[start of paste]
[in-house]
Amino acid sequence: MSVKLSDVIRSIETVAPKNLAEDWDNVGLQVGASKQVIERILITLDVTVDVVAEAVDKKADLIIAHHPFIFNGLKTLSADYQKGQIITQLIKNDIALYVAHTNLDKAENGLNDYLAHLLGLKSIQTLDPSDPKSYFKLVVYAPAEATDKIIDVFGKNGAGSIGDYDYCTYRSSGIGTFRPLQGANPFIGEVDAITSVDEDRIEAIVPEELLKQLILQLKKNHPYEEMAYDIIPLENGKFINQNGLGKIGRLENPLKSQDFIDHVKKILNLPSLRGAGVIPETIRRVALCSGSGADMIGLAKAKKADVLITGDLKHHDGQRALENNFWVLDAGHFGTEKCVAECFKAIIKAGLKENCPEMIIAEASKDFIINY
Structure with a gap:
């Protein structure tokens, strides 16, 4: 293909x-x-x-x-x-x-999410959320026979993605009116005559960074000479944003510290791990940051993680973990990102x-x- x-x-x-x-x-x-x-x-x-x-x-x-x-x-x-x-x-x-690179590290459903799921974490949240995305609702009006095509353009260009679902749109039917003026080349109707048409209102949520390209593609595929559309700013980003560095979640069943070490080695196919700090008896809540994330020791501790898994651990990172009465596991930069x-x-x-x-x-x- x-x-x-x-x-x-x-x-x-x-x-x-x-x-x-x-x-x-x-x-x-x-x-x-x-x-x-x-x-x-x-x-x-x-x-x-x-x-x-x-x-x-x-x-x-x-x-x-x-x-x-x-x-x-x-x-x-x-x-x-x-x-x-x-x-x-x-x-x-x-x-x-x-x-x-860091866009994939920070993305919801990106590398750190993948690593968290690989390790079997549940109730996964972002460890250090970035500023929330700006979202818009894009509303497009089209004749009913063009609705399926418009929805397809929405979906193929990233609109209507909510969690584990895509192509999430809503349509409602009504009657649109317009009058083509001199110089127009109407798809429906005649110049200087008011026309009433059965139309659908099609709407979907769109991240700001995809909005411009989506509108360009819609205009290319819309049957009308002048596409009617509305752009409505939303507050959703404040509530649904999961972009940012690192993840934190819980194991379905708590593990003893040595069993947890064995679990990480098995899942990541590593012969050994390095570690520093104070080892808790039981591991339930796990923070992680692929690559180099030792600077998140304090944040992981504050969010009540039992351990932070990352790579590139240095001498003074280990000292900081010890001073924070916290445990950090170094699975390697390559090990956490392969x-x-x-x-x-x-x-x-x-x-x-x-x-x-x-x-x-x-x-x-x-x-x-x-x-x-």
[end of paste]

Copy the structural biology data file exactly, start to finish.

[in-house]
Amino acid sequence: MSVKLSDVIRSIETVAPKNLAEDWDNVGLQVGASKQVIERILITLDVTVDVVAEAVDKKADLIIAHHPFIFNGLKTLSADYQKGQIITQLIKNDIALYVAHTNLDKAENGLNDYLAHLLGLKSIQTLDPSDPKSYFKLVVYAPAEATDKIIDVFGKNGAGSIGDYDYCTYRSSGIGTFRPLQGANPFIGEVDAITSVDEDRIEAIVPEELLKQLILQLKKNHPYEEMAYDIIPLENGKFINQNGLGKIGRLENPLKSQDFIDHVKKILNLPSLRGAGVIPETIRRVALCSGSGADMIGLAKAKKADVLITGDLKHHDGQRALENNFWVLDAGHFGTEKCVAECFKAIIKAGLKENCPEMIIAEASKDFIINY
Structure with a gap:
């Protein structure tokens, strides 16, 4: 293909x-x-x-x-x-x-999410959320026979993605009116005559960074000479944003510290791990940051993680973990990102x-x- x-x-x-x-x-x-x-x-x-x-x-x-x-x-x-x-x-x-690179590290459903799921974490949240995305609702009006095509353009260009679902749109039917003026080349109707048409209102949520390209593609595929559309700013980003560095979640069943070490080695196919700090008896809540994330020791501790898994651990990172009465596991930069x-x-x-x-x-x- x-x-x-x-x-x-x-x-x-x-x-x-x-x-x-x-x-x-x-x-x-x-x-x-x-x-x-x-x-x-x-x-x-x-x-x-x-x-x-x-x-x-x-x-x-x-x-x-x-x-x-x-x-x-x-x-x-x-x-x-x-x-x-x-x-x-x-x-x-x-x-x-x-x-x-860091866009994939920070993305919801990106590398750190993948690593968290690989390790079997549940109730996964972002460890250090970035500023929330700006979202818009894009509303497009089209004749009913063009609705399926418009929805397809929405979906193929990233609109209507909510969690584990895509192509999430809503349509409602009504009657649109317009009058083509001199110089127009109407798809429906005649110049200087008011026309009433059965139309659908099609709407979907769109991240700001995809909005411009989506509108360009819609205009290319819309049957009308002048596409009617509305752009409505939303507050959703404040509530649904999961972009940012690192993840934190819980194991379905708590593990003893040595069993947890064995679990990480098995899942990541590593012969050994390095570690520093104070080892808790039981591991339930796990923070992680692929690559180099030792600077998140304090944040992981504050969010009540039992351990932070990352790579590139240095001498003074280990000292900081010890001073924070916290445990950090170094699975390697390559090990956490392969x-x-x-x-x-x-x-x-x-x-x-x-x-x-x-x-x-x-x-x-x-x-x-x-x-x-």